ASIA3003 Social Issues in Contemporary China
- 6 points
If this unit does not have an online alternative, then students who are presently unable to enter Western Australia and whose studies would be delayed by an inability to complete this unit, should contact the unit coordinator (details given on this page) to ascertain, on an individual case-by-case basis, if alternate arrangements can be made to support their study in this unit.
Availability Location Mode Semester 1 UWA (Perth) Face to face Predominantly face-to-face. On campus attendance required to complete this unit. May have accompanying resources online. Non-standard teaching period Hong Kong Face to face Predominantly face-to-face. On campus attendance required to complete this unit. May have accompanying resources online.
- Details for undergraduate courses
- Level 3 core unit in the CHNSB Chinese Studies; CHNSP Chinese Studies; CHNSI Chinese Studies; CHNSA Chinese Studies major sequences
- Level 3 option in the Asian Studies major sequence
- Level 3 elective
- This unit provides a comprehensive introduction to the major social, cultural and political issues that characterise contemporary China. A number of important issues are explored including the ongoing transformation of the Communist Party of China and its relationship with society; the development of a nascent civil society and public sphere; the current state of rural China; the features of urbanisation; the significance of increased mobility and migration; the impact of economic development on social life and the environment; various issues relating to ethnic identity and culture; the state of gender relations; the role of intellectual life and spaces for social critique; and the significance of globalisation for Chinese society and culture in general.
Much of what is assumed to be known about China involves certain presuppositions and assumptions about the nature of political, social and cultural change. Students learn to distinguish the different presuppositions and assumptions which inform different approaches (e.g. media, business and state) to understanding China in the modern world. Students gain a solid base of knowledge and research skills relevant to the study of China in Asian Studies and Chinese Studies. They gain critical knowledge of the important social and political forces which are shaping contemporary China. They are trained and given the opportunity to apply various theories and modes of critical thought relating to the study of contemporary China.
- Students are able to (1) evaluate and describe critically major social issues in contemporary China; (2) critically relate these themes to important political, social and cultural trends in China; (3) distinguish between different discourses about China by various interest groups (e.g. states, media, business); (4) utilise a range of social and cultural theories to the issues they research; (5) express information and ideas coherently and logically in written form; (6) express information and ideas coherently and logically orally; and (7) recognise and practise ethical scholarship and develop more advanced research skills related to the discipline.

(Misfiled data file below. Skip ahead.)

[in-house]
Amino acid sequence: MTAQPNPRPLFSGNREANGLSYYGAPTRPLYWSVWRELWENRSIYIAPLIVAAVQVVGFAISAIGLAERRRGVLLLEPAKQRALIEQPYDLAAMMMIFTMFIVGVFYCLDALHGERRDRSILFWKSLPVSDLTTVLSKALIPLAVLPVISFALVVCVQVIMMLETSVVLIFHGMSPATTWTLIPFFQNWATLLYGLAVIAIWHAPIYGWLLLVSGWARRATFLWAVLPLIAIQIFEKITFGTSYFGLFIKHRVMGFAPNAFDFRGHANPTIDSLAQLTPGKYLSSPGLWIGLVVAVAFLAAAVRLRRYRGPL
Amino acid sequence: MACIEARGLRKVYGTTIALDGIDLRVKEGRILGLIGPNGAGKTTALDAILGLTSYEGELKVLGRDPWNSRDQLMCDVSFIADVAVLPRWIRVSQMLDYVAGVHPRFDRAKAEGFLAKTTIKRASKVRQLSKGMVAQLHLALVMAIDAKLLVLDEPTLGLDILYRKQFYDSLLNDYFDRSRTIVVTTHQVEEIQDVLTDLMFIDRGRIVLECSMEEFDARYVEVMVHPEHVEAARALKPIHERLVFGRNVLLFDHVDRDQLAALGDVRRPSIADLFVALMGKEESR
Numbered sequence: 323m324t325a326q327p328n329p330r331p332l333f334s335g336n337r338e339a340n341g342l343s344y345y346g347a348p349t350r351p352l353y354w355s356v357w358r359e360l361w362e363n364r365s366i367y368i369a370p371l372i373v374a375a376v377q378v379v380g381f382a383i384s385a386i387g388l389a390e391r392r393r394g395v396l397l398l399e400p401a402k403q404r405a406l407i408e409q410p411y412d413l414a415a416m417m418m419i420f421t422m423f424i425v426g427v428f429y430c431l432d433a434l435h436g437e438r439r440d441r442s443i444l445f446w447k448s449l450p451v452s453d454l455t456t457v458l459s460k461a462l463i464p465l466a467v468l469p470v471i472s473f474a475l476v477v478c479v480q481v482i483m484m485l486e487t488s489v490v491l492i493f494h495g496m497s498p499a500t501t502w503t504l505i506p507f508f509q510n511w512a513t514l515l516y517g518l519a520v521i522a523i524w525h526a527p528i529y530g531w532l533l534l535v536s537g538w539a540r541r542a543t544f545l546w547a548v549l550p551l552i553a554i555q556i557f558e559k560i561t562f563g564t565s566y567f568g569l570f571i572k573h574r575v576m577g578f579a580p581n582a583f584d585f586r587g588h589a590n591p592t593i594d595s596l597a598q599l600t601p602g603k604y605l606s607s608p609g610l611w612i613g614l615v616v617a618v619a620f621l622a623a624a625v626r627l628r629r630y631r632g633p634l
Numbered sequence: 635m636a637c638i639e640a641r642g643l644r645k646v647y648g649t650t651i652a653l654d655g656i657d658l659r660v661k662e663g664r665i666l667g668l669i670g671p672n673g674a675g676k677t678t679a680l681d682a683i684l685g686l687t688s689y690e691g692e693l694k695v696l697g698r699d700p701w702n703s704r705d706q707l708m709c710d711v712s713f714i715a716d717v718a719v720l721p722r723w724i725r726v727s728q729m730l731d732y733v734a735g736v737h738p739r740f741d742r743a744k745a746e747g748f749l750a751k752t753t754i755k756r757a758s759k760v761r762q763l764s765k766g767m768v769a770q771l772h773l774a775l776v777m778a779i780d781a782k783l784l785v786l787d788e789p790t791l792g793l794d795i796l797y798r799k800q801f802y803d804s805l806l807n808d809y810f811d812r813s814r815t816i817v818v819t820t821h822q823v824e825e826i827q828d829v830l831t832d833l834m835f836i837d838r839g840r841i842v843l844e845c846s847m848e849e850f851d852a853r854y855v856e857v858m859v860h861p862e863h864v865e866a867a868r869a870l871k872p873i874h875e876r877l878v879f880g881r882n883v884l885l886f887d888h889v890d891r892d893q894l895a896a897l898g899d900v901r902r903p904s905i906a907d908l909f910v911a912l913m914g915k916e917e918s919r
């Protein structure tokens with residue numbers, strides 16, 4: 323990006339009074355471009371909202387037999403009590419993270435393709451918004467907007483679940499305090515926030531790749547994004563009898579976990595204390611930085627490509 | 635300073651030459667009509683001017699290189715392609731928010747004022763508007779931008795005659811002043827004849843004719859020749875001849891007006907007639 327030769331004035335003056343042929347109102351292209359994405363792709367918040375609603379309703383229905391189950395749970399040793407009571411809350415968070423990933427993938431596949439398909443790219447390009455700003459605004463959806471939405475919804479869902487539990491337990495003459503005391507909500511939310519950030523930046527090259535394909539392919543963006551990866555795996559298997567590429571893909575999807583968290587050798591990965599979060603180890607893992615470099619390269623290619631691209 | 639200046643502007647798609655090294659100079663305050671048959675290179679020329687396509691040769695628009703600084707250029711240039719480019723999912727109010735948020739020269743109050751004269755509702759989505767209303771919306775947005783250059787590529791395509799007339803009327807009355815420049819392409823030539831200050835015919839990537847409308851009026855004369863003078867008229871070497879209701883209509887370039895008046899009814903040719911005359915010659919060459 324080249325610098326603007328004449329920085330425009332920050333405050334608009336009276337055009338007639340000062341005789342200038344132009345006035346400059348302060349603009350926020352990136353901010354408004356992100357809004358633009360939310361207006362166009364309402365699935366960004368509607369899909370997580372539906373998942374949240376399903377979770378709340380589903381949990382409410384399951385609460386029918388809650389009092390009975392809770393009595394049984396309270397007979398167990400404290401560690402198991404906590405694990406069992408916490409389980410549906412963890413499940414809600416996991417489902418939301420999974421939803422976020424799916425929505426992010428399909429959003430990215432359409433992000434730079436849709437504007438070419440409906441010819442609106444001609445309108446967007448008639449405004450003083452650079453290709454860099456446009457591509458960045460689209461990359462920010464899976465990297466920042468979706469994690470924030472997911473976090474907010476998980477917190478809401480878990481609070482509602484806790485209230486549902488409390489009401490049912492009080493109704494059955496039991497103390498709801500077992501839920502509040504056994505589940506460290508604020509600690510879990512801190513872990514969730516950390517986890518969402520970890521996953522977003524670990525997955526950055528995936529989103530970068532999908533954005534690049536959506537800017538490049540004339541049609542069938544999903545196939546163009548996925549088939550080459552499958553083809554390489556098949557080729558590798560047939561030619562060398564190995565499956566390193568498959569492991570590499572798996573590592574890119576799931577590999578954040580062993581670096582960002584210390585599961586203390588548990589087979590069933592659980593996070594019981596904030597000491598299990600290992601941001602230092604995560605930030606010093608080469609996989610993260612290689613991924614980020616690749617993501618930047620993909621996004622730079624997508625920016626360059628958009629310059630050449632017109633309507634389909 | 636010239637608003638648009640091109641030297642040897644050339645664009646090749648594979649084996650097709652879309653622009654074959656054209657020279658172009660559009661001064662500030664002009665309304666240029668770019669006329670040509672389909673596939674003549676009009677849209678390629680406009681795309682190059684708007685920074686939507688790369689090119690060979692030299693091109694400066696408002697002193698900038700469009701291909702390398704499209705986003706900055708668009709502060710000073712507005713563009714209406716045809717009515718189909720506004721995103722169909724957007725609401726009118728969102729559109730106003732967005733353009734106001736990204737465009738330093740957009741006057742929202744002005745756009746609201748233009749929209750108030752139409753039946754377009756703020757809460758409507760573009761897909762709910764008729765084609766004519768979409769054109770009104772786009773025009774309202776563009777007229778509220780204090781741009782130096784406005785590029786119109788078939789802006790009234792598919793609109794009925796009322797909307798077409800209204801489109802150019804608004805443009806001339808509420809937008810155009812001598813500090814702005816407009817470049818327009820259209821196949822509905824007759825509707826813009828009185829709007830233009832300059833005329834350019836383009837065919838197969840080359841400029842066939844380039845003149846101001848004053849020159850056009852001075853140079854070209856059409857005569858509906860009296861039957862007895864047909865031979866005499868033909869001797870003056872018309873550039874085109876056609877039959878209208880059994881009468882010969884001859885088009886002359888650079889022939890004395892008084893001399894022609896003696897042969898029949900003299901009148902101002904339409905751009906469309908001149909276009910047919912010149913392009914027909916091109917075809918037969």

- Indicative assessments in this unit are as follows: (1) participation (including seminar presentation); (2) research essay; and (3) examination. Further information is available in the unit outline.
Supplementary assessment is not available in this unit except in the case of a bachelor's pass degree student who has obtained a mark of 45 to 49 overall and is currently enrolled in this unit, and it is the only remaining unit that the student must pass in order to complete their course.
- Unit Coordinator(s)
- Dr Yu Tao
- Unit rules
- any Level 2 ASIA unit or Level 2 CHIN unit or Level 2 ANTH unit
- ASIA2211 Social Issues in Contemporary China
- Contact hours
- lectures: 20 hours; seminars: 9 hours
- The availability of units in Semester 1, 2, etc. was correct at the time of publication but may be subject to change.
- All students are responsible for identifying when they need assistance to improve their academic learning, research, English language and numeracy skills; seeking out the services and resources available to help them; and applying what they learn. Students are encouraged to register for free online support through GETSmart; to help themselves to the extensive range of resources on UWA's STUDYSmarter website; and to participate in WRITESmart and (ma+hs)Smart drop-ins and workshops.
- Unit readings, including any essential textbooks, are listed in the unit outline for each unit, one week prior the commencement of study. The unit outline will be available via the LMS and the UWA Handbook one week prior the commencement of study. Reading lists and essential textbooks are subject to change each semester. Information on essential textbooks will also be made available on the Essential Textbooks. This website is updated regularly in the lead up to semester so content may change. It is recommended that students purchase essential textbooks for convenience due to the frequency with which they will be required during the unit. A limited number of textbooks will be made available from the Library in print and will also be made available online wherever possible. Essential textbooks can be purchased from the commercial vendors to secure the best deal. The Student Guild can provide assistance on where to purchase books if required. Books can be purchased second hand at the Guild Secondhand bookshop (second floor, Guild Village), which is located on campus.